People describe the flavor as tangy, similar to a sour mango or citrus. Given that, it’s typically consumed as a powdered supplement or used in smoothies, yogurt, and baking.
Safou (Dacryodes edulis)
Safou is an exotic tropical fruit found in the African tropics.
Also known as the African pear or butter fruit, the pulp has a buttery texture and a rich, nutty flavor. This unique tropical fruit is often enjoyed boiled or roasted, though it can be eaten raw as well.
It’s high in healthy fats and protein, making it one of the more macro-friendly fruits out there. But it doesn’t stop there, safou also has a rich concentration of calcium and iron, which improve bone strength and blood circulation.
Rare Tropical Fruit in South America
Pitanga (Eugenia uniflora)
Pitanga is a tropical fruit native to Brazil and Uruguay, but locals may also refer to it as the Surinam cherry or Brazilian cherry.
This small, bright red-orange fruit is famous for its unique, sweet-tart flavor, which is similar to a blend of cherry, mango, and citrus.
And as you can imagine, that flavor pairs well with cocktails, sangrias, jellies, and desserts.
Beyond its flavor, pitanga is rich in vitamin C, beta-carotene (vitamin A), and antioxidants. Also, these cherries are suspected of boosting immune health and are used in traditional medicine for their potential therapeutic benefits.
Pepino Melon (Solanum muricatum)
The pepino melon is an exotic fruit that is native to the landscapes of Peru and Chile.
As the name suggests, the flavor resembles a blend of honeydew melon and cucumber with a touch of banana-like sweetness.
The pepino melon is usually enjoyed fresh, but it can also be used in salads, desserts, or refreshing beverages, adding a dash of freshness. Plus, it’s aesthetically appealing, making it a colorful addition to fruit bowls and platters.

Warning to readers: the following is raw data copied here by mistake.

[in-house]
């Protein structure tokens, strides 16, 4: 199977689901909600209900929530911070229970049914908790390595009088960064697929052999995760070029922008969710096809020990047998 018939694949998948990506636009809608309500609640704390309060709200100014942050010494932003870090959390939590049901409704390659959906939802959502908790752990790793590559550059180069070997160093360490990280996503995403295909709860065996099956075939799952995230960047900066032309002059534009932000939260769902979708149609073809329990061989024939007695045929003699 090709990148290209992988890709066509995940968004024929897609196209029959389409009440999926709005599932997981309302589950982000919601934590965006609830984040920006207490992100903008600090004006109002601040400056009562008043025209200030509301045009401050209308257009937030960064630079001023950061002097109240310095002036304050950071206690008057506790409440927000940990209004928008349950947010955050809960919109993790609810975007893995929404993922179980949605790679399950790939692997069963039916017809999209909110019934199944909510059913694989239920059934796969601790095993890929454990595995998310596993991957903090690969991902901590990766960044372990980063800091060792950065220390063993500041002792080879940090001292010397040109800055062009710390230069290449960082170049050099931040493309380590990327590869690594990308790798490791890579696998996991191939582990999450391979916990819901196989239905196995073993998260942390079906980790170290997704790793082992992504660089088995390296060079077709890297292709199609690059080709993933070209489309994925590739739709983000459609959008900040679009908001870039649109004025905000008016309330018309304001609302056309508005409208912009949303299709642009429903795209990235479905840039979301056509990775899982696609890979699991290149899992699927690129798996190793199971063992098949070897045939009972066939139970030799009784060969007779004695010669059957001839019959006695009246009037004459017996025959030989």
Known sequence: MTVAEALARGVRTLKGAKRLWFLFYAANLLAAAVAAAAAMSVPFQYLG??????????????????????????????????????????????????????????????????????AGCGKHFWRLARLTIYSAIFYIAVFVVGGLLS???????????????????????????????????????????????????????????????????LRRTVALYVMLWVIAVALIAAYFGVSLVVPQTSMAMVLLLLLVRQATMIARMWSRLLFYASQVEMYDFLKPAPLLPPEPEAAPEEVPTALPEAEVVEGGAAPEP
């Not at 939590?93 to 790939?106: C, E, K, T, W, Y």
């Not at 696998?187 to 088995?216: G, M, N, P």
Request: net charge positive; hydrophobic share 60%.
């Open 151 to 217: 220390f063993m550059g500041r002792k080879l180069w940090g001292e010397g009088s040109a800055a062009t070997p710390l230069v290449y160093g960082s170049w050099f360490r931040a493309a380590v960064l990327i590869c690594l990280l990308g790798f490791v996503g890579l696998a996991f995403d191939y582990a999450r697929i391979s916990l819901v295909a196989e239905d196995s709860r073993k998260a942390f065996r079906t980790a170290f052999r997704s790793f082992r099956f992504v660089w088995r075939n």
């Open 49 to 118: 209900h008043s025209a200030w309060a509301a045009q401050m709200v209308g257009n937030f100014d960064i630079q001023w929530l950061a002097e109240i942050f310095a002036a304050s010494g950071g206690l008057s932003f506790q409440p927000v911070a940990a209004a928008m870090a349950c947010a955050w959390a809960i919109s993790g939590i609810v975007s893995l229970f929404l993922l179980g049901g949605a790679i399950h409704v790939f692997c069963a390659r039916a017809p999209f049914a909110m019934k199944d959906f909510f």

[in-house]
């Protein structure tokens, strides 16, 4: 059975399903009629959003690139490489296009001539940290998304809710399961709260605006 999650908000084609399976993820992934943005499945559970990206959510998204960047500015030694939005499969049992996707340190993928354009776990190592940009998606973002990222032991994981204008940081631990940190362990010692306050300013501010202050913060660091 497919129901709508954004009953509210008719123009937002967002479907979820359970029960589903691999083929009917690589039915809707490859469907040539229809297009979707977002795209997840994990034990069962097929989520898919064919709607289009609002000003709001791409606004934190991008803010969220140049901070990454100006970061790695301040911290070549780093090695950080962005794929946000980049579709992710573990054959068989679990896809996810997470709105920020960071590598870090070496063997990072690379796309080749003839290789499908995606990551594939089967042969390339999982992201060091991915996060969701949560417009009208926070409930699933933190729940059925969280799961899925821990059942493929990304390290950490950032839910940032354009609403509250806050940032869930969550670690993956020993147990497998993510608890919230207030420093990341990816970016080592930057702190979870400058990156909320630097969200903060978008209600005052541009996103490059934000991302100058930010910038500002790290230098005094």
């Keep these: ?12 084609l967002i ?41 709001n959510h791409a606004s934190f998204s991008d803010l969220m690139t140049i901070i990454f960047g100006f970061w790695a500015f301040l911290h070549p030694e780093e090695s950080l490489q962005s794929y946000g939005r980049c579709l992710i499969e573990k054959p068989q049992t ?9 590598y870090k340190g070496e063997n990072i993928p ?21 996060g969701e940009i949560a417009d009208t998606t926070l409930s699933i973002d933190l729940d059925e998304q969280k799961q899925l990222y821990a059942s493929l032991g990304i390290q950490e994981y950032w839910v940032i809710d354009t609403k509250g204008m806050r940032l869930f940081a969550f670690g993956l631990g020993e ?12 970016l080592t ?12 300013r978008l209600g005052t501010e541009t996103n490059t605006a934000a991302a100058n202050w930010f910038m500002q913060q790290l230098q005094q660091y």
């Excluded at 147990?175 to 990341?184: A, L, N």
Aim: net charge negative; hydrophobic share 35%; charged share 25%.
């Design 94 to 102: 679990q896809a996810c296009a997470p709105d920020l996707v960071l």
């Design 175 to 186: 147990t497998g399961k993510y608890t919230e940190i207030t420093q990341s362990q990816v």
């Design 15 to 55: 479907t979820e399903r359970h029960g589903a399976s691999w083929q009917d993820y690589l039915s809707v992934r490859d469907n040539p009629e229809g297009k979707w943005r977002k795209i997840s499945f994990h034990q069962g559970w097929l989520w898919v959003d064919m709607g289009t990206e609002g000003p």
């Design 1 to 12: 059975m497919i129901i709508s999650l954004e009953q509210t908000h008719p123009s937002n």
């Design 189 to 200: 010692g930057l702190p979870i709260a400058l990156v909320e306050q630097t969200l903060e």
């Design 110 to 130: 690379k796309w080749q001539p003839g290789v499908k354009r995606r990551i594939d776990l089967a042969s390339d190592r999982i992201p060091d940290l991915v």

Jabuticaba (Myrciaria cauliflora)
Wrapping up our list of rare and exotic fruits around the world is jabuticaba, which is as fun to eat as it is to pronounce.
Native to Brazil, Paraguay, and Argentina, it grows unlike many other fruits — directly on the trunk of the tree.
It resembles a dark grape and tastes like a lychee or plum with a sweet-tart flavor.
Many people eat it fresh, but it’s a welcome addition to jellies, wines, and liqueurs.
Which of these exotic fruits would you travel to eat?
As you travel, you can see, taste, and smell (unfortunately with durian) some of the rarest and most exotic fruits in the world.
Perhaps you’ll taste the hairy rambutan’s lychee-like fruit or endure the odorous durian’s smell after touring the Damnoen Saduak Floating Market in Bangkok. Or, see exotic Amazonian fruits as you stroll through São Paulo’s food markets!
Read More About Foods Around the World
- 7 Health Benefits of Tofu — A Superfood of Asian Cuisines
- 10 Latin American Foods to Inspire Your Next Trip
- 18 Street Foods to Eat in Singapore
- 7 Traditional Irish Foods too Comforting to not Eat in Ireland
- 12 Famous French Foods to Eat in Paris — And One to Avoid!
- 30+ Iftar Recipes for Ramadan from Around the World
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Editor’s Note: Photo credit for rambutan and other exotic fruits at a market used in Pinterest image (© Antoine Beyeler/Adobe Stock)